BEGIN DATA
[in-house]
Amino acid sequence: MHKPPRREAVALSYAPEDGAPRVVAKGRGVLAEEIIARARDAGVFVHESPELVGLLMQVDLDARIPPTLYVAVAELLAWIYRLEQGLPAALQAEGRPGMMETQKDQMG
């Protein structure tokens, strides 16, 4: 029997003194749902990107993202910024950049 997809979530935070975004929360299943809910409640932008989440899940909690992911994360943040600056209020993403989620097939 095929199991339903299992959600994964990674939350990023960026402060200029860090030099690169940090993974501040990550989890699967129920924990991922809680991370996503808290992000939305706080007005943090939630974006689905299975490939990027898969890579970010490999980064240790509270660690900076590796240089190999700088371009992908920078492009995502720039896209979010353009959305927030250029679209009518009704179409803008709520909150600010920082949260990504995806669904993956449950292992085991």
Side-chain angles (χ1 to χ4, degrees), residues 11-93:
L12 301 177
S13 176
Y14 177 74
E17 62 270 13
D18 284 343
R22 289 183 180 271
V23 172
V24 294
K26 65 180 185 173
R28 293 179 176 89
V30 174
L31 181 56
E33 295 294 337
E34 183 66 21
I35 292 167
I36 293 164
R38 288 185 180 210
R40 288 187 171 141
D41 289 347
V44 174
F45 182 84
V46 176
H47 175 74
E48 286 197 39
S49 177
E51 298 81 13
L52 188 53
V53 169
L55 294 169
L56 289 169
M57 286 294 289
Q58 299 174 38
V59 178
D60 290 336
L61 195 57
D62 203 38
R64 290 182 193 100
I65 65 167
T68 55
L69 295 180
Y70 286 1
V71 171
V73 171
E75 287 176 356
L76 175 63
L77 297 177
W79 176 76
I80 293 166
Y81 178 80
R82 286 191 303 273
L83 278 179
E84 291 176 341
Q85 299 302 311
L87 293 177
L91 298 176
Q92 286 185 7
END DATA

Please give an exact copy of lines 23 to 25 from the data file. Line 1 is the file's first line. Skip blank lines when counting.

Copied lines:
D41 289 347
V44 174
F45 182 84